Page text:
I’ve found that applying a risk management strategy to building upgrades forces you to plan well. You have to think about how confident you are in your assumptions, what you will do to reduce the chance of unforeseen things happening and consider how you will manage them if they do happen. Decision makers want to know that you have taken all relevant considerations into account.
- Bruce Precious, National Sustainability Manager - Operations, The GPT Group
Your business case must demonstrate that the potential risks of your project have been considered and can be appropriately managed.
Although your project may deliver a good result from an energy efficiency perspective and reduce a range of high level risks in the business (see section Describe and quantify all business costs and benefits), there are other potential business risks associated with the implementation of the project itself that must be taken into account.
In this section
- Typical project risks and actions to manage them
- Tips for managing risk
- Case studies that you might find helpful
- The GPT Group: Energy performance contracting to fund cogeneration and other energy efficiency initiatives at 530 Collins St Melbourne
- Woolworths Limited: Refrigerated display cases – door retrofit trial
- Australia Post: Using trials to investigate opportunities
- National Australia Bank: 500 Bourke Street Melbourne – Building Upgrade
Typical project risks and actions to manage them
Every project presents a level of financial risk. Management will be concerned about whether the funds requested for the project will be sufficient to deliver the project. They will also want to have confidence that the expected level of savings and other benefits from the project will be achieved.
From a strategic perspective there are a wide range of projects that compete for investment. It is important to show that your project is justified financially as well as delivering on other corporate goals.
Operational risk will be of particular concern where new technology or practices are involved. Any project that impacts on core business operations or product quality can have significant cost implications. Likewise, safety is a major consideration in all organisations. If your project does involve potential safety issues then you will need to demonstrate that you have conducted a safety assessment and that the identified risks can be appropriately managed.
The table below summarises some of questions you can ask in considering potential risks associated with your project and the action you can take to minimise them:
|Type of risk||Questions to ask||Actions you can take|
|Financial risk||Will the project deliver the savings predicted during scoping?Will the funds requested for the project be sufficient to deliver the project?||Ensure any quotes come from reputable sources.Review a similar project if available and use any monitoring and verification of their projects to inform your own calculations.Conduct sensitivity analysis to account for variability in the assumptions you make about the costs and benefits of your project.(link to ESMG and RARE information)|
|Strategic risk||Will the funds be used inappropriately, and hinder the organisation’s ability to deliver other corporate goals?||Demonstrate how your project links to existing policies and strategies and make sure you follow any processes that are outlined in your organisation.|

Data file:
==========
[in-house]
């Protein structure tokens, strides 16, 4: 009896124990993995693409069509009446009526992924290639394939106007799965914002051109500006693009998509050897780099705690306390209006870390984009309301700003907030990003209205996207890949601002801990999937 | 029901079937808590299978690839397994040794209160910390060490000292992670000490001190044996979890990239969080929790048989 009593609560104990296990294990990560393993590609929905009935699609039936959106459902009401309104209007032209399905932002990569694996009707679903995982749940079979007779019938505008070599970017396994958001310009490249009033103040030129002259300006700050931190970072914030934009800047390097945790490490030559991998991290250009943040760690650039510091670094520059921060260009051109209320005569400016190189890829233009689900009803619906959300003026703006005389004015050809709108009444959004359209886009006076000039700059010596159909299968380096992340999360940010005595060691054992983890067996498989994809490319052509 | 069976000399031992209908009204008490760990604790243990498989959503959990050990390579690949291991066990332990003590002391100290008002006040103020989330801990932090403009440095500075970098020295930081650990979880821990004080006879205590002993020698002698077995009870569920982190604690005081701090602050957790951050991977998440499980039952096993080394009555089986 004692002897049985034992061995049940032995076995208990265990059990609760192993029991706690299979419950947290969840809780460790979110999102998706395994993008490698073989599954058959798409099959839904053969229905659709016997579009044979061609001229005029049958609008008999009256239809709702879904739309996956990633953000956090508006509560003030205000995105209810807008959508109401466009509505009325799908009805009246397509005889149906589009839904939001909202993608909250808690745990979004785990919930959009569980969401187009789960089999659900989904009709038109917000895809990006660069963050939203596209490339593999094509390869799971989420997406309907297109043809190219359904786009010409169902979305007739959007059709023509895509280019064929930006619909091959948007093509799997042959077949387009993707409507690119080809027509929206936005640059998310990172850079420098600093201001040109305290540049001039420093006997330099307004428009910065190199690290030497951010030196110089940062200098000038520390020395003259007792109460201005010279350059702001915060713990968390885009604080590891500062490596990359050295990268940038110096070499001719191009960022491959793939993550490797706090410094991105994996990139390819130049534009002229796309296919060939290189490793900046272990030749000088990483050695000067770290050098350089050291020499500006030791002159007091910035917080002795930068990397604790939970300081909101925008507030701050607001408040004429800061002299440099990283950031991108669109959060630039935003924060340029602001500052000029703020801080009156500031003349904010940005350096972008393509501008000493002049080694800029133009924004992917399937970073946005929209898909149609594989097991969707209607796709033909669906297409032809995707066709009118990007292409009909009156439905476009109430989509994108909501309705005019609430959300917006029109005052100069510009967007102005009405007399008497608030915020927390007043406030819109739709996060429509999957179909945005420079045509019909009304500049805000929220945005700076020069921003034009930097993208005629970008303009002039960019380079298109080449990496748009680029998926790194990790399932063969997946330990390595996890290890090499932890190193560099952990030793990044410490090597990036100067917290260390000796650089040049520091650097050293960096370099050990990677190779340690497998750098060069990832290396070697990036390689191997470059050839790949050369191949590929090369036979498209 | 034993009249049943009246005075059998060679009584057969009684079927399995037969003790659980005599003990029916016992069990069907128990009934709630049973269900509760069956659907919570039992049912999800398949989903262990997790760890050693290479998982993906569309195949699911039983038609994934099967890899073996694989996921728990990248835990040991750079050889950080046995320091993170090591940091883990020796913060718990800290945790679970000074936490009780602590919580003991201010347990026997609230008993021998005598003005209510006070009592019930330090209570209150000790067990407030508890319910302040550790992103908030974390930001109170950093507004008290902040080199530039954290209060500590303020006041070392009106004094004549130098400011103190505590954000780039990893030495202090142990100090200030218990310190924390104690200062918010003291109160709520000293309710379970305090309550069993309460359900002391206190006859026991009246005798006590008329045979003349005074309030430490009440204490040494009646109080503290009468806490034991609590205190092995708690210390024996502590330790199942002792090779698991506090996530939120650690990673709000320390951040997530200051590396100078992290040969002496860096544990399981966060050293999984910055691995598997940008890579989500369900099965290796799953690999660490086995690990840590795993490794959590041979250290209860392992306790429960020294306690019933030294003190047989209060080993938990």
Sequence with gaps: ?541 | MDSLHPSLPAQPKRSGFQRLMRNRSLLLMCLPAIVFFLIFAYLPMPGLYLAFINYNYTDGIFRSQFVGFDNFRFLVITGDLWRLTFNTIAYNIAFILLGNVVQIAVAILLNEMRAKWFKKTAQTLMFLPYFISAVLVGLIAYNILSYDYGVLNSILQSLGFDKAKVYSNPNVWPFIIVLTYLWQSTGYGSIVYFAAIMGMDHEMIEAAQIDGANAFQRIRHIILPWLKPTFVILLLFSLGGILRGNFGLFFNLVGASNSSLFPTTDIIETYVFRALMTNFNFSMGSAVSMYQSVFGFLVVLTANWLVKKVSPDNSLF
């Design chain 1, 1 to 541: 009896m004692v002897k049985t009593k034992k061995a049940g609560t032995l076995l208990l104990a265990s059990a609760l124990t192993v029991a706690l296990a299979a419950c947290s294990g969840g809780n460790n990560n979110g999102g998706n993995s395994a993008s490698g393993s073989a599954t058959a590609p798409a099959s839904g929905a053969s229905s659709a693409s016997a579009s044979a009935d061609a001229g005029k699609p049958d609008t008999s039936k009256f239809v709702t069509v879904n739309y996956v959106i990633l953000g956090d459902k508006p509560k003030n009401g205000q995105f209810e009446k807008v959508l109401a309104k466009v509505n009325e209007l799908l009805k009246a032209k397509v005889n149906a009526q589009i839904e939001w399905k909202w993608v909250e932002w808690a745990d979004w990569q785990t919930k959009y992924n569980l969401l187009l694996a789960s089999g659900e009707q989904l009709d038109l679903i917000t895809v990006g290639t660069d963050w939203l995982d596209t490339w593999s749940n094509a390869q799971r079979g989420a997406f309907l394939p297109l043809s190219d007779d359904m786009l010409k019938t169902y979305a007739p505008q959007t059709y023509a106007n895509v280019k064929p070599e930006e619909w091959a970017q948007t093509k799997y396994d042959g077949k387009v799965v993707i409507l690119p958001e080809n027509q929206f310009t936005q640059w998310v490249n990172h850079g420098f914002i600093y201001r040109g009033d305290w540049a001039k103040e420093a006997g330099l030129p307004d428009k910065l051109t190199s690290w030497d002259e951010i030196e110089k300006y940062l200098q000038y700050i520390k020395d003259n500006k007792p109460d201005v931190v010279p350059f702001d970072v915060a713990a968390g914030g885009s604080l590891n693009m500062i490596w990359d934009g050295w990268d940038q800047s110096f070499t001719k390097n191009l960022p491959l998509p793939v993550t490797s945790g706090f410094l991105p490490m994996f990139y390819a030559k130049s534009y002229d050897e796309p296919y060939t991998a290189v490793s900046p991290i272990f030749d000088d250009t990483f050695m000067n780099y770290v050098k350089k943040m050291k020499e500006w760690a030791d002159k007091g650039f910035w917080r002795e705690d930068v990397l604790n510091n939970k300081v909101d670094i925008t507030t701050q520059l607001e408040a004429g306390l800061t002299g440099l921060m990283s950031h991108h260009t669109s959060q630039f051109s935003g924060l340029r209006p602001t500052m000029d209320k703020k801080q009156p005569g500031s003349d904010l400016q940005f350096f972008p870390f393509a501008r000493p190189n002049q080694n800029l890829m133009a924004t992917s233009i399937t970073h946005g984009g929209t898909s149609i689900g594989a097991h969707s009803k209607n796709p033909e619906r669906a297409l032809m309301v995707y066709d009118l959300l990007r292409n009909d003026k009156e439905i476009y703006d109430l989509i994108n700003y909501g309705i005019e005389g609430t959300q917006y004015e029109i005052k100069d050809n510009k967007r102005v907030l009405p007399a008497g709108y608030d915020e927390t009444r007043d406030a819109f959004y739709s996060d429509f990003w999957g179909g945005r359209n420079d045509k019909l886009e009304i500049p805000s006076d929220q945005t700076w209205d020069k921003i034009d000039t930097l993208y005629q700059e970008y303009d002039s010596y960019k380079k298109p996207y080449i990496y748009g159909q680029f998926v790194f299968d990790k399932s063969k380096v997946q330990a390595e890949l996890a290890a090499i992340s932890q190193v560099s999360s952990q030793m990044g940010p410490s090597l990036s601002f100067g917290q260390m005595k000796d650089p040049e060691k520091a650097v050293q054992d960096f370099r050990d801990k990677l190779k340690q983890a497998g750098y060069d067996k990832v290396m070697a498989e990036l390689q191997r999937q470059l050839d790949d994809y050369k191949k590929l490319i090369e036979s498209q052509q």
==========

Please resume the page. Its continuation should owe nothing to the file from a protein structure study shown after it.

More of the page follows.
|Operational-technical risk||Does the project involve potential interruptions to normal plant operations?||Consult with the relevant managers and specialist expertise as required.|
|Operational-safety risk||Will the project involve safety issues?||Most organisations will have an established safety risk assessment protocol that will need to be followed.|
If you have defined risk assessment protocols in your organisation then it is essential that you follow them. Describe the risks and your mitigation strategies in your business case proposal and include any relevant supporting information, such as in-house checklists.
Tips for managing risk
- Check to see if you have existing risk assessment protocols that you must follow when developing a business case proposal.
- Conduct a stakeholder analysis on your project and use the questions in the table above to discuss risk-related issues with the appropriate people.
- Use trials to build understanding of potential risks and how they can be managed. Trials can provide the evidence needed to test deeply held “assumptions” about whether perceived risks are legitimate or not. As well as addressing technical and financial risk, they may also be used to assess impacts on production or sales.
- List each of the key project risks that have been identified and the strategies that you will use to mitigate those risks. Include information about the people consulted in developing the proposal since this will demonstrate that you have used appropriate expertise to identify risks and implement strategies to mitigate them.
Case studies that you might find helpful
The GPT Group: Energy performance contracting to fund cogeneration and other energy efficiency initiatives at 530 Collins St Melbourne
GPT minimised financial and technology risk associated with a building upgrade by using an Energy Performance Contract (EPC). In the contract the service provider implementing the upgrade initiatives guarantees the energy, greenhouse and financial outcomes to be delivered by the project.
Woolworths is conducting a trial to determine whether the installation of doors on refrigerated display cases would influence the shopping behaviour of customers.
Trials were undertaken to investigate the impact of changes to delivery trucks, including changes to speed and tyre pressure and aerodynamic modifications.
When NAB negotiated with the building owner at 500 Bourke Street to co-invest in an energy efficient building upgrade, the financial risk to both parties was minimised by signing a long term lease.